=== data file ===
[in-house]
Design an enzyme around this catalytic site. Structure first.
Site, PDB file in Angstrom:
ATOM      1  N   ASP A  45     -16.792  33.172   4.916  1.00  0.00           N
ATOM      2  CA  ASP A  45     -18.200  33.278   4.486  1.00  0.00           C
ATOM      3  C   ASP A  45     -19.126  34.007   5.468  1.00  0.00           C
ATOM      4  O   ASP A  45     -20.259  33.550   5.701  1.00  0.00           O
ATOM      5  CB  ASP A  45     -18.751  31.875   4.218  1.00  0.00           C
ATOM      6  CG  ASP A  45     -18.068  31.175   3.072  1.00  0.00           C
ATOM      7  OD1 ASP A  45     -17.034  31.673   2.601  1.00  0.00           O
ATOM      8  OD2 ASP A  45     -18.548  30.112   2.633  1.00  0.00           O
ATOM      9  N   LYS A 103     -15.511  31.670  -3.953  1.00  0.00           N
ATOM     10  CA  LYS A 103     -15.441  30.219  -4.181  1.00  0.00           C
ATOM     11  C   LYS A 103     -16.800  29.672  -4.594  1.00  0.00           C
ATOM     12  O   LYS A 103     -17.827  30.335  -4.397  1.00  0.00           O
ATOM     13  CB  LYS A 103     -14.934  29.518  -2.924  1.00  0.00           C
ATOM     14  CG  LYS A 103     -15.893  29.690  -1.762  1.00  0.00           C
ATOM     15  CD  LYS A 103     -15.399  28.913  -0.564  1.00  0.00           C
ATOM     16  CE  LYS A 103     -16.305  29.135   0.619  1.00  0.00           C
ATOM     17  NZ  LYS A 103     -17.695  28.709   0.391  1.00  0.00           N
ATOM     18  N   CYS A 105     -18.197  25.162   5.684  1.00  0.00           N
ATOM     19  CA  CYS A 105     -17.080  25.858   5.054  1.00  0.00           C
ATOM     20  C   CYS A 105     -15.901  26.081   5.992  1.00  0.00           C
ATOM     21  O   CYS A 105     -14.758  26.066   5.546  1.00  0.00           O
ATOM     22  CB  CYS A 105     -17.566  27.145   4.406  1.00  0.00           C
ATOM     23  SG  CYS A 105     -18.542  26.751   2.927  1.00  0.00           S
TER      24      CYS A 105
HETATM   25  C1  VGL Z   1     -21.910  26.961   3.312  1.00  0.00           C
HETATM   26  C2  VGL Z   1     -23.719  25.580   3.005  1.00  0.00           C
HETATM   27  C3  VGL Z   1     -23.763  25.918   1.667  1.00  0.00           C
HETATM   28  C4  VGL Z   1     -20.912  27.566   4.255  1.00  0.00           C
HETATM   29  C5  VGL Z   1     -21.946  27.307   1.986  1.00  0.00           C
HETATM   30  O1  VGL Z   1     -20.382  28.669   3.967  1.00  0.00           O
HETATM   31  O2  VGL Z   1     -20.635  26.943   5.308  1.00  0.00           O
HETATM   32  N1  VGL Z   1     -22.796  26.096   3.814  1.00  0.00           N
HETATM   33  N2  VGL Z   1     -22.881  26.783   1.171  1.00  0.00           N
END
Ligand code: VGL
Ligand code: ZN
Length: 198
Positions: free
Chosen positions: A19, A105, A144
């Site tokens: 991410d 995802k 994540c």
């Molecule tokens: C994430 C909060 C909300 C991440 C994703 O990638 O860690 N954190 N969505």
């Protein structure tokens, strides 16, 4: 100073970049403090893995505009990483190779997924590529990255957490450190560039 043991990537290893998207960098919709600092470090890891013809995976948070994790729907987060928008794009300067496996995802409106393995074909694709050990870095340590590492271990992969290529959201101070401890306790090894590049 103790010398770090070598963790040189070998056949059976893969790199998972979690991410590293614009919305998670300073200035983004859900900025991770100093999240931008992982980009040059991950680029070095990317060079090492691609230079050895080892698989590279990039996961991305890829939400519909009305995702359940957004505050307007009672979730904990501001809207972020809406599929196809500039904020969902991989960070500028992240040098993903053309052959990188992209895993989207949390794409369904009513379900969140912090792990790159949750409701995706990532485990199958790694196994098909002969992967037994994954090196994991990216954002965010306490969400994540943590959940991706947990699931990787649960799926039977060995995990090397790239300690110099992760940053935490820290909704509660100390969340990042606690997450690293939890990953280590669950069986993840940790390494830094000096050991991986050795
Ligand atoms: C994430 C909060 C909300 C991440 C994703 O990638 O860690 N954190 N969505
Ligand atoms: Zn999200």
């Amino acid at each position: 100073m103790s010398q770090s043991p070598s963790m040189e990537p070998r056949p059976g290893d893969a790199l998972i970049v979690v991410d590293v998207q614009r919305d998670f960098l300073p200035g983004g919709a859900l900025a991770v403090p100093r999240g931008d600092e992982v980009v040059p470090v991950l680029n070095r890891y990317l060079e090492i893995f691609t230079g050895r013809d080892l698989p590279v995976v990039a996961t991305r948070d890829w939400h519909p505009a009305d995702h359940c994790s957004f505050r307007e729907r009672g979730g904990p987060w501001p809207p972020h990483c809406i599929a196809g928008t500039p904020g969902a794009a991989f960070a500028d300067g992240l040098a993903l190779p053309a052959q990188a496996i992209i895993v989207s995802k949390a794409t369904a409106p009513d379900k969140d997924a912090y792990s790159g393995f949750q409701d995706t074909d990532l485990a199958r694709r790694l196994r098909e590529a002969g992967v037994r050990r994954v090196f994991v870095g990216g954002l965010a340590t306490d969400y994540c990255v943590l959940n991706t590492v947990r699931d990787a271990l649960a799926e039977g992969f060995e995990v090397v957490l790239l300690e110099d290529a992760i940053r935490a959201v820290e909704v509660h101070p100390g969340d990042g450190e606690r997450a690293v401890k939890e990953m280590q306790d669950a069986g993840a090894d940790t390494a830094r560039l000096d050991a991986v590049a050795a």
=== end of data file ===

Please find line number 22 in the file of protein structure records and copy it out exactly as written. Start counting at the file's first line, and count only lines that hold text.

ATOM     19  CA  CYS A 105     -17.080  25.858   5.054  1.00  0.00           C